• The beginnings of technology (stone tools) dating back 2 millions years have been discovered in Africa

  • Diversity


What about size

What about Size?...

  • AFRICA IS THE SECOND LARGEST CONTINENT AFTER ASIA

  • INCLUDES THE SINAI PENINSULA, MADAGASCAR, Mauritius, Reunion, Seychelles, etc.

  • AFRICA IS LARGER THAN THE CONTINENT OF EUROPE AND THE COUNTRIES OF CHINA AND THE UNITED STATES COMBINED


Africa s physical features

AFRICA’S PHYSICAL FEATURES

  • Land mass composed of Plateaus and bounded escarpments: The plateau continent

    • Almost the entire continent lies above 1,000 feet in elevation

    • Bihe, Jos, Ennedi, Ahagger, East African Plateau, and Futa Jolan

  • Plateau structure is punctuated with Basins and Mountains:

    • El djouf, Chad, Sudan,Victoria, Congo and Kalahari

    • Atlas, Kilimanjaro, Kenya, and Cameroon


Other major physical features

OTHER MAJOR PHYSICAL FEATURES

  • Deserts: Sahara, Namib, and Kalahari

    • Aridity is a major barrier to development in many countries such as Botswana, Namibia, Mali and Northern Nigeria.

  • Major Rivers: Nile, Niger, Congo, Zambezi, Orange

  • Rift Valley


  • Climate charactersitics

    CLIMATE CHARACTERSITICS

    • Africa is tropical with few exceptions

      • Seasonal temperature contrasts are minimal but rainfall amounts vary significantly

      • The continent is dominated by tropical wet and dry (savanna) followed by arid/semi-arid climates

  • Rainfall is distributed into wet-and dry seasons


  • Effect of tropical wet and dry climate tale of cities kano vs chicago

    Effect of Tropical Wet and Dry Climate:Tale of Cities (Kano vs. Chicago)


    Africa s diversity includes

    Africa’s Diversity includes...

    • 5 regions (North, West, East, Central and Southern) comprising 54 countries

    • Approximately 800 million people who speak more than 2000 languages call Africa home.


    Dr francis koti 12c leonard hall tel 357 2647 email fkoti geo wvu

    Africans enjoy diverse household arrangements, kinships systems and Religious belief systems that pre-date Christianity


    Dr francis koti 12c leonard hall tel 357 2647 email fkoti geo wvu

    Africa’s diversity is also reflected in the contrasting lifestyles of a small but growing urban population and the mass of subsistence farmers.


    Africa s diversity can also be seen in contrasting rural and urban landscapes

    Africa’s Diversity can also be seen in contrasting rural and urban landscapes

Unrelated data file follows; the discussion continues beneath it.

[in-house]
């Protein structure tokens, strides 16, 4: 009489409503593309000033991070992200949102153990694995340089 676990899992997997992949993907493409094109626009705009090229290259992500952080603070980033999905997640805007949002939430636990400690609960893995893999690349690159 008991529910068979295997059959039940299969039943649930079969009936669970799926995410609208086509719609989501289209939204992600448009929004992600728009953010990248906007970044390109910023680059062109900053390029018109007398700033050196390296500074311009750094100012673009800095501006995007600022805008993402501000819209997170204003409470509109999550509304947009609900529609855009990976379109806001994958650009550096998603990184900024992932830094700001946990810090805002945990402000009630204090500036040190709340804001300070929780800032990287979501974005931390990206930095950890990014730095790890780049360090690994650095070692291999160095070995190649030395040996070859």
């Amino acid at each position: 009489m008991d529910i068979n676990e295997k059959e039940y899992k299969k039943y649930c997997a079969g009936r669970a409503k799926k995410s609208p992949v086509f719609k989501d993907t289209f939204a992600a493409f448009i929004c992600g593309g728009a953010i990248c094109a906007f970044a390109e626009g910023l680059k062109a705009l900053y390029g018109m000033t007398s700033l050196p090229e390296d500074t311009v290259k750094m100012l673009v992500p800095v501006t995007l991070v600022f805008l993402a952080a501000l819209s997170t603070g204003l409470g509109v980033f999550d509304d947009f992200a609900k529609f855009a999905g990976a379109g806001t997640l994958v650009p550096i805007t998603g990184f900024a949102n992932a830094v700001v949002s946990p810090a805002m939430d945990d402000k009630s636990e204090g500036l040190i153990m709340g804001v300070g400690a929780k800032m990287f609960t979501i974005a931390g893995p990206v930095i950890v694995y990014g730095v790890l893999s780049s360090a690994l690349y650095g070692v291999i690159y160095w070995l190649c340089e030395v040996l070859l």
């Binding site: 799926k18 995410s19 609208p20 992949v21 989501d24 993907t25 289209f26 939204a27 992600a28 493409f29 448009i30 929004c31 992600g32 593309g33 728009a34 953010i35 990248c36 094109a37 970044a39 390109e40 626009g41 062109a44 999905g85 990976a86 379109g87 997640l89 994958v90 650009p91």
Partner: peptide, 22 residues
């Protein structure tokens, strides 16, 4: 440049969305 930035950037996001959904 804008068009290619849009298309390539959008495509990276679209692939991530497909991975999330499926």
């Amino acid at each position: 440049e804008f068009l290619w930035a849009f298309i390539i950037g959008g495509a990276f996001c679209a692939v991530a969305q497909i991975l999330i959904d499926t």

Harare, Zimbabwe: Jacaranda bloom


    Historical geography

    HISTORICAL GEOGRAPHY

    The Impact of Colonialism


    What was the primary motive for european involvement in africa

    WHAT WAS THE PRIMARY MOTIVE FOR EUROPEAN INVOLVEMENT IN AFRICA?

    • Major Motive for European Involvement in Africa was Strategic following the opening of the Suez Canal in 1869

    • Colonization in the 17th Century only a minor motive (Dutch outpost in South Africa in 1652)

    • Economic motive only followed after the discovery of diamonds at Kimberley later in 1869 and Gold in 1886 in South Africa.

    Pre-Colonial Africa


    Berlin conference of 1884 85

    BERLIN CONFERENCE OF 1884-85

    • Led to the partition and scramble for Africa.

    • By 1914 only Ethiopia and Liberia remained free of European occupation

    • Why Ethiopia and Liberia?

      • Strategic maneuvering by Ethiopian rule, Menalik

      • Founded in 1847 as Homeland for freed slaves


    End of colonialism in africa

    END OF COLONIALISM IN AFRICA

    • Internal Factors

      • Rise of Nationalism

      • Impact of Religious and Secular Education

  • External Factors

    • Impact of the Russian Revolution

    • Rise of American Domination

    • Impact of World War II

    • Impact of the Formation of the United Nations


  • Road to independence

    Road to Independence

    • NORTH AFRICA

      • Egypt (1925), Libya, Tunisia, and Sudan - but not Algeria (1962)

      • Eritrea forced into a federation with Ethiopia

  • SUB-SAHARA AFRICA

    • Ghana (1957, and the rest by the 1960s

    • Only exceptions --Angola, Mozambique, and Guinea Bissau (1975); Zimbabwe (1980), Namibia (1990), and South Africa (1994)

  • Symbol of Africa Resistance


  • Apartheid south africa and the dawn of independence

    Apartheid South Africa and the Dawn of Independence

    • Apartheid: Policy of separate development was introduced in 1948

      • Race classification (whites,blacks, Asian, colored)

      • Tribal homelands

      • Pass laws

    • 1964 Mandela sentenced to life in prison.

    • 1976 Soweto Uprising

      • Imposition of Afrikaans as language of instruction

      • Growth of Anti-Apartheid Movement globally

        • Forced Divestment of global capital

        • Forced change in USA foreign policy

    • 1990 Nelson Mandela is freed after 27 years in prison

    • 1993 Mandela Wins Nobel Peace Prize with de Klerk

    • 1994 South Africa achieves independence with Mandela as President

    Mandela: A symbol of African Resistance